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This question already has an answer here:

What exactly went wrong with the below method?

Here, in the same circuit I am getting a different value for the current in the mid wire only by rearranging the circuit.

Image 1

I was trying to solve this unbalanced Wheatstone bridge and found that the current (\$i\$) in the mid wire (in image 1) is 3 A. This result was achieved by using the node voltage method.

Then I rearranged the same circuit to the form shown in the second image.

Image 2

And at this point I flipped the right half of the circuit so as to obtain the equal resistors on the same side.

Image 3

Now I again rearranged the circuit as shown.

Image 4

Here, the final circuit is a balanced Wheatstone bridge and thus the current (\$i\$) must be 0 A.

So clearly something went wrong in there.

I posted a question before this one just to make sure that there is no mistake in rearranging the circuit in the way I have done.

The mid wire is a complete connected wire. The gap in the mid wire near the arrow was inevitable.

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marked as duplicate by Voltage Spike, Finbarr, Dwayne Reid, Community Jan 3 at 14:24

This question has been asked before and already has an answer. If those answers do not fully address your question, please ask a new question.

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    \$\begingroup\$ this question was at first asked in physics stack exchange by me but it was unfortunately put on hold. link of first question -- physics.stackexchange.com/questions/450822/… \$\endgroup\$ – Feels awesome Dec 29 '18 at 7:14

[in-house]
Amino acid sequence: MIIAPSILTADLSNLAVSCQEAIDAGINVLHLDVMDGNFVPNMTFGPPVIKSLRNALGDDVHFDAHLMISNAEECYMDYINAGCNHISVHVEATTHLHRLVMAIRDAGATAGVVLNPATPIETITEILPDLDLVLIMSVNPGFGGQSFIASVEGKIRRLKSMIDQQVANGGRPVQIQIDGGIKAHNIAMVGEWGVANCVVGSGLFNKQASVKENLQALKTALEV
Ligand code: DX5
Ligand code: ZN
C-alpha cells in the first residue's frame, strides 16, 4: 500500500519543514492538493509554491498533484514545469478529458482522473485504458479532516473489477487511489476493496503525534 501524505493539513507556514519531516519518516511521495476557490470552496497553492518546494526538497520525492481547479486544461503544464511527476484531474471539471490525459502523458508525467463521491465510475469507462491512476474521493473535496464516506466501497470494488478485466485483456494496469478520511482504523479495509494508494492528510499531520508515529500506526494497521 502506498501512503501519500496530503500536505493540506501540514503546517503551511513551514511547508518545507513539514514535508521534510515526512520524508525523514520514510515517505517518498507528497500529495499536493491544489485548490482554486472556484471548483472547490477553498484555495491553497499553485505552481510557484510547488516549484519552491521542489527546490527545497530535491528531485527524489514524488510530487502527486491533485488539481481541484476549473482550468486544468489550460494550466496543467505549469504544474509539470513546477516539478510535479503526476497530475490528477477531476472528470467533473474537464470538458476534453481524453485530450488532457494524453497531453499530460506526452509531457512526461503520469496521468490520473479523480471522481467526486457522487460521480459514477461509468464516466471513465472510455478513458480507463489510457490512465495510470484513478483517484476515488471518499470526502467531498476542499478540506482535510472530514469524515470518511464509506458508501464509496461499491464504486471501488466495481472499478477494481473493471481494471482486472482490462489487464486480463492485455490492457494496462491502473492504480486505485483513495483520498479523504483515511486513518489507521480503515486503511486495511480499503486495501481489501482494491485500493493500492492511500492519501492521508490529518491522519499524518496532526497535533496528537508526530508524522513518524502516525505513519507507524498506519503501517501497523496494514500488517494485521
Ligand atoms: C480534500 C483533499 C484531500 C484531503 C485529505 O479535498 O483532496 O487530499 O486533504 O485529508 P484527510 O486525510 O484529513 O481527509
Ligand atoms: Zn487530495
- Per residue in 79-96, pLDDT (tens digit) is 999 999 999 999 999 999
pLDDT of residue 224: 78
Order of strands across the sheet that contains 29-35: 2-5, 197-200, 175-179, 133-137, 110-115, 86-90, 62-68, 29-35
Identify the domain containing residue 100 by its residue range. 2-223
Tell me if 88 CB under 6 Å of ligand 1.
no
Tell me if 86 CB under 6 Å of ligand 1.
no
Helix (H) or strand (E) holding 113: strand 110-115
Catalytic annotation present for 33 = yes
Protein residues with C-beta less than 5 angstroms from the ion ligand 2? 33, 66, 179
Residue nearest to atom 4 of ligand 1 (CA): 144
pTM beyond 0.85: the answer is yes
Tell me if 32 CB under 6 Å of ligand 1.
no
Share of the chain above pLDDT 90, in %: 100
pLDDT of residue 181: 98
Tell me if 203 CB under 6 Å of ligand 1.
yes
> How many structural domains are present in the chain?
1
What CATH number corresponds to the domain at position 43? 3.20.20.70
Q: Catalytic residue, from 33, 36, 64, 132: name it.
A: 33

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    \$\begingroup\$ Didn't we just go through all this, like a day ago? \$\endgroup\$ – jonk Dec 29 '18 at 8:54
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    \$\begingroup\$ that was a kind guy who posted my question again as the one that i posted was put on hold of some unknown reason . as the qs he posted has some errors I posted it again . \$\endgroup\$ – Feels awesome Dec 29 '18 at 9:45
  • \$\begingroup\$ ya I have posted it again to get better ans \$\endgroup\$ – Feels awesome Dec 29 '18 at 9:52
  • \$\begingroup\$ A Wheatstone bridge does not how the short in the middle it usually has a high impedance resistance from an amplifier \$\endgroup\$ – Voltage Spike Dec 30 '18 at 21:10
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You start with a primitive circuit, and then apply a series of re-configurations, becoming progressively more sophisticated, until you arrive at the final level of sophistication - a single 4 ohm resistor and a source.

Along the way, the currents and voltages in/at the various conductors and nodes that you introduce/remove, change. It's not surprising. There are an infinite number of ways of transforming a single resistor into a bridge.

In 'simplifying' the original primitive bridge circuit you lose information that you cannot recover. You cannot rediscover the bridge if all you have to work on is a 36 volt source and a 4 ohm resistor.